Sunday, 4 December, 2011, 07:30 AM - ClemmiesWe've had an extraordinary number of extraordinarily platitudinous contributions this month, with no fewer than eight top scorers and a further nine who only just missed reaching the top spot. I think we all need to offer a huge vote of thanks to all the TFTD presenters this month, and to the BBC's Holy Department of Religion and more Religion, for this bonanza of thoroughly entertaining nonsense. Lewis Carroll would be proud.
The month began encouragingly, with the matriarch of TFTD herself, Anne Atkins. Lesser apprentices to the TFTD craft often present woolly, incoherent nonsense to various degrees. Few, however, have ever mastered the art to the extent that AA has: the express delivery, the posh accent, the random juxtaposition of references to Jesus and the news. I would go so far as to say it is impossible to exceed the speed of gibberish of AA when her head is filled with a vacuum. This was a classic which I didn't even dare to parody. Every word was perfect, to take one away, or try to replace any part with a summary, would be to diminish the whole.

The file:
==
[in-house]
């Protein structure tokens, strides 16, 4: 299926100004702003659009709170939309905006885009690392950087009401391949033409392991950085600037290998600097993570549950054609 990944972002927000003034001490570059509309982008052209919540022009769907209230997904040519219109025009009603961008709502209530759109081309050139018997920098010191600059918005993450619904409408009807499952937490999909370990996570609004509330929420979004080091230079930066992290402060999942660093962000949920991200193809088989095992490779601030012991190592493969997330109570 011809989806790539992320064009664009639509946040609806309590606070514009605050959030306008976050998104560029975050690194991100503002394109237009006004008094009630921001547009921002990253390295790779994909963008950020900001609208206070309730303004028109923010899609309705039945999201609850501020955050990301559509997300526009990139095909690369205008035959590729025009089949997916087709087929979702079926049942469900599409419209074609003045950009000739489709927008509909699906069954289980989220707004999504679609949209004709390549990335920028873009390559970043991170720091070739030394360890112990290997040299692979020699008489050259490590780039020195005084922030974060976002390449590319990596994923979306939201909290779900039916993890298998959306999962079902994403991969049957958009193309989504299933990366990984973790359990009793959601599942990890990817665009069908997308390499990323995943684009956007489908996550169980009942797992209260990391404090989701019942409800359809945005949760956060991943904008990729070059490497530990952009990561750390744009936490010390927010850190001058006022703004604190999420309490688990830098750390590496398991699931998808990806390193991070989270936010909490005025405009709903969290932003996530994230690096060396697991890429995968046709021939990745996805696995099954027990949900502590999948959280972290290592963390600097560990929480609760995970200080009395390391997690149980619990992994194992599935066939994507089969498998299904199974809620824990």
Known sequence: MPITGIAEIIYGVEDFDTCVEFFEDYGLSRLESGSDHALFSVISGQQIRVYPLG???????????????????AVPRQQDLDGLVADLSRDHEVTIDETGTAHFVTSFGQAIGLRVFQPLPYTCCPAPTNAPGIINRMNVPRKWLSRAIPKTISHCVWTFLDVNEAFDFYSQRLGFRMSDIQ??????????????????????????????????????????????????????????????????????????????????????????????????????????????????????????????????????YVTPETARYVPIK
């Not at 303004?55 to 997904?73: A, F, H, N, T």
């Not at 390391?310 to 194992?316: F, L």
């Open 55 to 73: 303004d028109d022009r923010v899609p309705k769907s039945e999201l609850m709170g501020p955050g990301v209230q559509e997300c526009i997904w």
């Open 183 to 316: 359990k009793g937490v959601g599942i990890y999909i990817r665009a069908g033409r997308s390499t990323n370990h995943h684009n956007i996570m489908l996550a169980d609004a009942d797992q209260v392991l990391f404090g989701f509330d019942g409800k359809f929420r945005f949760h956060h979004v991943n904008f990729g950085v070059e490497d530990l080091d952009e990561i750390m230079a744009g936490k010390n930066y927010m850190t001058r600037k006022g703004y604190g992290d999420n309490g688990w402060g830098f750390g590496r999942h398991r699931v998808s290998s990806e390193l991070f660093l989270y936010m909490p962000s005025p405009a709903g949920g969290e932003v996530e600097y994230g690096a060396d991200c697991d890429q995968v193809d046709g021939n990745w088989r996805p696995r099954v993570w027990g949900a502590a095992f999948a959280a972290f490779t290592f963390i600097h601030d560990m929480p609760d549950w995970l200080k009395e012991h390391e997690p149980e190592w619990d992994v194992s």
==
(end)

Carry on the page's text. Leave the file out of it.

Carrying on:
But if Anne thought she had it in the bag for November, she had another thing coming. The very next day, Rhidian Brook, another celebrity Christian writer, effused enthusiastically about Christian Cathedrals. Despite them being such wonderful buildings, Rhidian, very clearly and carefully, explained that we don't actually need the Church in order to pray to the Invisible Magic Friend, and that religion is, in fact, pointless.
In any ordinary month, Rhidian would stand a very good chance of winning the Clemmie for that. It was his sad misfortune to be up against some of the most platitudinous platitudes of all time, including his own contribution the very next week. In one of the most egregious misunderstandings of current affairs for a very long time, he suggested that organisations that are "too big to fail", like banks or the entire Italian economy, should be allowed to fail so that we can look after the little people. He wasn't joking either.
Lord Sacks, without even the slightest suggestion of irony, explained the long history of interfaith groups and their continued flourishing today. We need ever more and more interfaith groups, a fact that the Chief Rabbi seemed to find very encouraging.